Are You Spending Too Much On Your Car Payments?
Don’t finance or lease a car until you read this post! If you’re thinking about buying a car then make sure it falls under the 20/4/10 car rule. Use this rule to calculate what price range is acceptable for your current income.
The 20/4/10 car rule recommends individuals to make a 20% down payment for a term of 4 years or less while paying their monthly expenses at about 10% of their monthly income. These rules will help you manage your budget by placing a cap on how much you can spend on your car payments.
It’s not a good idea to be paying more than 10% of your income on car payments; even if you can afford it. Just because you can make the monthly payments, doesn’t mean it’s a good idea. Don’t fall into this money trap and certainly don’t buy an expensive vehicle just to show-off to your friends and family.
Like what you’re reading? Check out my other blog posts that can help you with your finances!
- Is Buying A Car Worth It? (5 Questions To Help You Make Your Big Purchase)
- Don’t Fall Into The Car Payment Money Trap (Read this first)!
- Paying Too Much Interest On Your Credit Card? This is how your interest is calculated
First Things First, The 20% Down Payment
The first rule is to make a 20% down payment in order to lower the amount of interest that you will have to pay throughout the term. Don’t purchase a vehicle without making a downpayment, otherwise the amount of interest you will pay will knock your socks off!
Example: We will use the 2019 Lexus 300 as an example! Most companies should have a lease/finance calculator provided on their website so you can calculate roughly what your budget is (keep in mind these are never 100% accurate). The value of this car with the F-Sport Series is $44,850. Why F-Sport? Because they’re nicer okay!?
With the 20/4/10 car rule, you need to make a 20% down payment of $8970 ($44,850*.20) on the purchase price of this vehicle. For simplicity, we will ignore any warranty, tax, or other charges and fees.
I am not sponsored by Lexus, I wish…
Don’t Tie Yourself Down For More Than 4 Years
The length of the term should be no more than 4 years under the 20/4/10 car rule. The interest percentage is generally a lot higher on longer terms compared to the shorter terms. Don’t commit more than 4 years to a vehicle; that’s way too long to be tied down to vehicle payments.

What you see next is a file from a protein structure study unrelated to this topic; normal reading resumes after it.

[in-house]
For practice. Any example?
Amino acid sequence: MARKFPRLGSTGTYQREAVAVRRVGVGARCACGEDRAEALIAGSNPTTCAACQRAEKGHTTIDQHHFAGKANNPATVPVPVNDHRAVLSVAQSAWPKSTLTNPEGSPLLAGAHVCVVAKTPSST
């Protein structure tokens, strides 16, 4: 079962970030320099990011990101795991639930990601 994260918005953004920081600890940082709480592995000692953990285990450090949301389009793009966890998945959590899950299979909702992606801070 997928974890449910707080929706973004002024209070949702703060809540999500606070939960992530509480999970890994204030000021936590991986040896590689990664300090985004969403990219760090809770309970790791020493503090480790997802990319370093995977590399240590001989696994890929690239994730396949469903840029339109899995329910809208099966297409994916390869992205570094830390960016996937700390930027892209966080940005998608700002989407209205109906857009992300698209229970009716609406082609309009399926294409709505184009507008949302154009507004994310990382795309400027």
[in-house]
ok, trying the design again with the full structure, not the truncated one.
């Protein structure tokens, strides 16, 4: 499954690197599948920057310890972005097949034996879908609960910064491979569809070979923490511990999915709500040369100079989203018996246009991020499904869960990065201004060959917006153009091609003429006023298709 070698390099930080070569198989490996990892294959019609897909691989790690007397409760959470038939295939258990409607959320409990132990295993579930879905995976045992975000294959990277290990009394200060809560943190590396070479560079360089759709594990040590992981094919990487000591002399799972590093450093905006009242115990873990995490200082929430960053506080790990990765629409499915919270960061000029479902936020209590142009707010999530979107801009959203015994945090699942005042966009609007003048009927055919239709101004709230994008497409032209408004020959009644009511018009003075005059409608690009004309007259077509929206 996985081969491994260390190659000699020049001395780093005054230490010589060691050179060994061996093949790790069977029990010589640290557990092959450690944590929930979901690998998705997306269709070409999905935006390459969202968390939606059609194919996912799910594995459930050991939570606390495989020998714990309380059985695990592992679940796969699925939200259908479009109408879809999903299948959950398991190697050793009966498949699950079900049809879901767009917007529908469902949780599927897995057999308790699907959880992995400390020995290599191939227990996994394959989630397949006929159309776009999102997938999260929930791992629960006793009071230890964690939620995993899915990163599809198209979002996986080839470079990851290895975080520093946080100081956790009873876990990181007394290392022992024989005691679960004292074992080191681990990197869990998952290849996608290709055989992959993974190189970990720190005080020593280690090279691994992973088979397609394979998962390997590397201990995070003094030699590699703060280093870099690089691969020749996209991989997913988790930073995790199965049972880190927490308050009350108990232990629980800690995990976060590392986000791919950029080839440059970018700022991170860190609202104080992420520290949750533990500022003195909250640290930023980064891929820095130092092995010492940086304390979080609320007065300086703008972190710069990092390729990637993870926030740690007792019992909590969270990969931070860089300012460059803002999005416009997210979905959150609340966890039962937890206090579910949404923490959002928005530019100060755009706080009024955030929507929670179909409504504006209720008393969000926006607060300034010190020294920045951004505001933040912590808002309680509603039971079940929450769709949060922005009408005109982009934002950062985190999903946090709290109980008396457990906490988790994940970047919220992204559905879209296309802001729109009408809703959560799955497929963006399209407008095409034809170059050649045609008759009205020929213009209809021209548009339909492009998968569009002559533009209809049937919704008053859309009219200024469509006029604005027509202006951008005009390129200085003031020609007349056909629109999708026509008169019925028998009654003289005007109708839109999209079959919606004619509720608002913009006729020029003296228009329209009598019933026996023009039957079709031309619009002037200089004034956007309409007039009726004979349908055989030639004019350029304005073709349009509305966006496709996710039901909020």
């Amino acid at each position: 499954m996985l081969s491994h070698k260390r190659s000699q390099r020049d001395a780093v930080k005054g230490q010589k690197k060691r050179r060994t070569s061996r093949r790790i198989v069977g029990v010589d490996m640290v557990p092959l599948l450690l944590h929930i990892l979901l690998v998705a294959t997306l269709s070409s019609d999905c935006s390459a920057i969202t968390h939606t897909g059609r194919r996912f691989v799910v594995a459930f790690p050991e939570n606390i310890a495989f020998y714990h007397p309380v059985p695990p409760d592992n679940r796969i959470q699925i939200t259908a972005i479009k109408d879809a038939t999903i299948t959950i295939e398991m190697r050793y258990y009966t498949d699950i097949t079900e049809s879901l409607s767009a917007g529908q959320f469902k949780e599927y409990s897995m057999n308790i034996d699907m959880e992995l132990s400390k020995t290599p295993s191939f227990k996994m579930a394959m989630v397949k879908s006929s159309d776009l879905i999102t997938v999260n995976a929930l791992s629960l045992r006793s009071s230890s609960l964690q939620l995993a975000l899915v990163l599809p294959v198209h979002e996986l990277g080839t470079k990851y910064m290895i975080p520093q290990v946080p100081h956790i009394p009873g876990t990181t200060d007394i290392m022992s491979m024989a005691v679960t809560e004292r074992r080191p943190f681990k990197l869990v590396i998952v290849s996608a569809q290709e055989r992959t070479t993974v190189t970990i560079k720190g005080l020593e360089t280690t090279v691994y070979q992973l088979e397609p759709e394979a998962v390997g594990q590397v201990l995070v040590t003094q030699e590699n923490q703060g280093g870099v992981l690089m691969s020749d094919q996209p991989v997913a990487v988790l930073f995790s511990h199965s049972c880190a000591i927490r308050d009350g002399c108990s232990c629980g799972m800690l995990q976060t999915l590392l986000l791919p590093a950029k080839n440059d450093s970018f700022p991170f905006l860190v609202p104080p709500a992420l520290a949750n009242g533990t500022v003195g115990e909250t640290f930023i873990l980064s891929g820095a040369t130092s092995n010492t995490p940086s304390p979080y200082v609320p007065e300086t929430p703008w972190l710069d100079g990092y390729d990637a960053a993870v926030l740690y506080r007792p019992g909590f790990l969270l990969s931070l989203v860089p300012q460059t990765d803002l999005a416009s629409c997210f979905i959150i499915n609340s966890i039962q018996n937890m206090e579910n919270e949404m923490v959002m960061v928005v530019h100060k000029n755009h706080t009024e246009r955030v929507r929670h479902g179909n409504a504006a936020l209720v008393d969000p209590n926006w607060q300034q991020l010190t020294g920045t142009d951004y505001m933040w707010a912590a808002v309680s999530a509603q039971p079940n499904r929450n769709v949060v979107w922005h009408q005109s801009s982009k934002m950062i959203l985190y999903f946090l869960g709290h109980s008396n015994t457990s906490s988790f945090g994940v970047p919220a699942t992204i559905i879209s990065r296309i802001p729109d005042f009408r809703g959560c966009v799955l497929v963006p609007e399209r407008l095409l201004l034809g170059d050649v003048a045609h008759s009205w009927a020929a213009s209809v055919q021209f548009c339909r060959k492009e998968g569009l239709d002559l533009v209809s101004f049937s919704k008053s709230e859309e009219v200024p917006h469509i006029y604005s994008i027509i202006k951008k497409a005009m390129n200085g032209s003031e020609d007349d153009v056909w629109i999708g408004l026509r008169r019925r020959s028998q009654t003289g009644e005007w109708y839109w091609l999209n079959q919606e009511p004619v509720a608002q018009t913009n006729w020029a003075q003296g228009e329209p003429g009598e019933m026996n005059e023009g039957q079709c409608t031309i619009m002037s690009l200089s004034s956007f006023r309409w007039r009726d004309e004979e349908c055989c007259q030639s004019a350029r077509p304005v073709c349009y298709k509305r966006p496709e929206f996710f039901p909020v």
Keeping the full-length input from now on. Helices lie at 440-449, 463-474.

Example: Using the Lexus lease calculator provided on the website, the interest rate for 48 months is 1.90% while a 60-month term is 2.90%. The length of the term is longer with will also result in the interest rate being higher.
The 10% Monthly Payments of The 20/4/10 Car Rule
Your monthly expense consists of car payments, interest, insurance, gas, parking fee, modifications, repairs, and maintenance, etc. The total monthly expenses should not exceed more than 10% of your monthly income.
Example: If your income is $60,000 per year, That is $5000 per month. 10% of your monthly income is $500. You should not be spending more than $500 per month on your car payments.
Using the Lexus calculator on the IS300 once again, with an $8970 down payment and a 4-year term, your monthly payment would be $755.20. No Bueno.
What if you didn’t make a down payment at all? Then your monthly payments would be $949.42 which is worse!
Wondering what kind of car you can afford? Use this car payment calculator from interest.com!
Can You Afford This Car? The 20/4/10 Car Rule Conclusion
The 20/4/10 car rule is a good start when deciding to purchase a new vehicle, but what do I think about it? I honestly think there is another method that is better than the 20/4/10 car rule.
If you want to purchase a car without the massive headache then pay in full with cash! No interest payments needed. I could’ve mentioned this from the start, but then I wouldn’t need to make a blog post on the 20/4/10 car rule!
I hope you found this blog post useful and let me know down in the comment section below what you think! Does the 20/4/10 car rule seem like a good rule to follow when purchasing a vehicle? Or do you have a better alternative?